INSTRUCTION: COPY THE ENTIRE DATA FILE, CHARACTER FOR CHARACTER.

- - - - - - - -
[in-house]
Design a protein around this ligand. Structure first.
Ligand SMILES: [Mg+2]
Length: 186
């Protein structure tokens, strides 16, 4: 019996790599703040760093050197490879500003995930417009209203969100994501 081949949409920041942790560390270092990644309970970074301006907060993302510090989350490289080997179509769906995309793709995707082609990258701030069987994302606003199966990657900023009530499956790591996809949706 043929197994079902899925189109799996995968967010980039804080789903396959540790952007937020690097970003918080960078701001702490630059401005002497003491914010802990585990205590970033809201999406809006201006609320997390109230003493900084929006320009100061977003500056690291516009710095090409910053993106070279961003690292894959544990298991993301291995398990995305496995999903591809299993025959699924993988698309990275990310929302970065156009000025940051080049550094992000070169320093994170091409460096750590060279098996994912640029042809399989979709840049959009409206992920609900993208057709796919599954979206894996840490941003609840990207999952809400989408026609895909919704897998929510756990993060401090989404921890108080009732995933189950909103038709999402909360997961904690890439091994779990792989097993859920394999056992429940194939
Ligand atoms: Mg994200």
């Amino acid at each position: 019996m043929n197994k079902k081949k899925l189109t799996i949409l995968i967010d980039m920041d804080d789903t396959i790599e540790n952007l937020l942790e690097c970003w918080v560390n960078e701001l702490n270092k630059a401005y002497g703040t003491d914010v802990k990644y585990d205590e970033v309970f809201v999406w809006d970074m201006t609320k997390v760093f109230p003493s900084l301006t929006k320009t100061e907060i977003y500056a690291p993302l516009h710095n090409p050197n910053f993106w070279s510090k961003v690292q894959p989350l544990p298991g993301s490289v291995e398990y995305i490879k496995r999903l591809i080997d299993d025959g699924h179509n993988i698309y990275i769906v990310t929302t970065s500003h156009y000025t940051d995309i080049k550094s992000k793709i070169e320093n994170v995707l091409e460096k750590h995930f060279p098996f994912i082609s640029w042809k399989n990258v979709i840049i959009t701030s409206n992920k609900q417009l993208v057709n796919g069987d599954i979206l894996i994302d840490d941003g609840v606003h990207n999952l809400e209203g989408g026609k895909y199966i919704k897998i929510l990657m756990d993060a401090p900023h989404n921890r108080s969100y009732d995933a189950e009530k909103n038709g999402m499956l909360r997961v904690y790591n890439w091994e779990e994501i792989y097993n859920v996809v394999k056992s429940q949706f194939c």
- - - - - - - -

[in-house]
Design a protein around this ligand. Structure first.
Ligand SMILES: [Mg+2]
Length: 186
């Protein structure tokens, strides 16, 4: 019996790599703040760093050197490879500003995930417009209203969100994501 081949949409920041942790560390270092990644309970970074301006907060993302510090989350490289080997179509769906995309793709995707082609990258701030069987994302606003199966990657900023009530499956790591996809949706 043929197994079902899925189109799996995968967010980039804080789903396959540790952007937020690097970003918080960078701001702490630059401005002497003491914010802990585990205590970033809201999406809006201006609320997390109230003493900084929006320009100061977003500056690291516009710095090409910053993106070279961003690292894959544990298991993301291995398990995305496995999903591809299993025959699924993988698309990275990310929302970065156009000025940051080049550094992000070169320093994170091409460096750590060279098996994912640029042809399989979709840049959009409206992920609900993208057709796919599954979206894996840490941003609840990207999952809400989408026609895909919704897998929510756990993060401090989404921890108080009732995933189950909103038709999402909360997961904690890439091994779990792989097993859920394999056992429940194939
Ligand atoms: Mg994200």
């Amino acid at each position: 019996m043929n197994k079902k081949k899925l189109t799996i949409l995968i967010d980039m920041d804080d789903t396959i790599e540790n952007l937020l942790e690097c970003w918080v560390n960078e701001l702490n270092k630059a401005y002497g703040t003491d914010v802990k990644y585990d205590e970033v309970f809201v999406w809006d970074m201006t609320k997390v760093f109230p003493s900084l301006t929006k320009t100061e907060i977003y500056a690291p993302l516009h710095n090409p050197n910053f993106w070279s510090k961003v690292q894959p989350l544990p298991g993301s490289v291995e398990y995305i490879k496995r999903l591809i080997d299993d025959g699924h179509n993988i698309y990275i769906v990310t929302t970065s500003h156009y000025t940051d995309i080049k550094s992000k793709i070169e320093n994170v995707l091409e460096k750590h995930f060279p098996f994912i082609s640029w042809k399989n990258v979709i840049i959009t701030s409206n992920k609900q417009l993208v057709n796919g069987d599954i979206l894996i994302d840490d941003g609840v606003h990207n999952l809400e209203g989408g026609k895909y199966i919704k897998i929510l990657m756990d993060a401090p900023h989404n921890r108080s969100y009732d995933a189950e009530k909103n038709g999402m499956l909360r997961v904690y790591n890439w091994e779990e994501i792989y097993n859920v996809v394999k056992s429940q949706f194939c």